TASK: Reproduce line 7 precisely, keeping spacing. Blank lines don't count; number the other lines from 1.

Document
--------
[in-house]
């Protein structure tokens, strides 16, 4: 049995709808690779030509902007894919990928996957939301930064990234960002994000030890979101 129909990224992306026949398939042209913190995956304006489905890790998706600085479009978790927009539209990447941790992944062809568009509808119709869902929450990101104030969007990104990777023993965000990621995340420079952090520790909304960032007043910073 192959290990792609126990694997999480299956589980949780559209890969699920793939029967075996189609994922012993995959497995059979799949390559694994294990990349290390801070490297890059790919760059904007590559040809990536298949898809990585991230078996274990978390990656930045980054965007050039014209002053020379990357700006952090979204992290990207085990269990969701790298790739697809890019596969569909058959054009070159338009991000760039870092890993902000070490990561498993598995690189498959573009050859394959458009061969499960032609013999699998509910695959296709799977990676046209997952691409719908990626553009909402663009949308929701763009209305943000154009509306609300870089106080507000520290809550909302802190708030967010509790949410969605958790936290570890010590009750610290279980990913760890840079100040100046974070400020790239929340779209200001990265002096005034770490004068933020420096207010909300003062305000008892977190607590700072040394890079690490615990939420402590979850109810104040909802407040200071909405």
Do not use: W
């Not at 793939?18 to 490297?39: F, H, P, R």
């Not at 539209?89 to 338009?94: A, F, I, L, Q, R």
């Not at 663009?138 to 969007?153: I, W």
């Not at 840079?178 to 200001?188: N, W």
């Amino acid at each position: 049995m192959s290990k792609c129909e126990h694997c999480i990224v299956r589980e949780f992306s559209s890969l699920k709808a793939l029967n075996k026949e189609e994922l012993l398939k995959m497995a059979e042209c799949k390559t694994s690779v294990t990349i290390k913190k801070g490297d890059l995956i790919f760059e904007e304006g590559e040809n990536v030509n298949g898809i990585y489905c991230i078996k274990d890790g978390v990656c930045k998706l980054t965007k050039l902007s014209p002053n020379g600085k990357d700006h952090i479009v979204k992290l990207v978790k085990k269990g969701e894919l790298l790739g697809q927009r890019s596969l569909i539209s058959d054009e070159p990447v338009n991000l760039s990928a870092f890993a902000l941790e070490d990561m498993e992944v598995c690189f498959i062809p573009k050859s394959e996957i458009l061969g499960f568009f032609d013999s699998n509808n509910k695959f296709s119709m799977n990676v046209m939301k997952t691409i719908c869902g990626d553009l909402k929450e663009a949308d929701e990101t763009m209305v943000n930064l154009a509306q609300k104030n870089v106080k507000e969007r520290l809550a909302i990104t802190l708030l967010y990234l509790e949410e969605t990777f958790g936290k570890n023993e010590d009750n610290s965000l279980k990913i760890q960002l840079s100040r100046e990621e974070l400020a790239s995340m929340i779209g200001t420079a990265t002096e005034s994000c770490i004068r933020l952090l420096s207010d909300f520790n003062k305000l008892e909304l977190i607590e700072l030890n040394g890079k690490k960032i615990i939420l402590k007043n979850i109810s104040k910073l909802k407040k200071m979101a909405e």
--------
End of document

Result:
């Not at 840079?178 to 200001?188: N, W």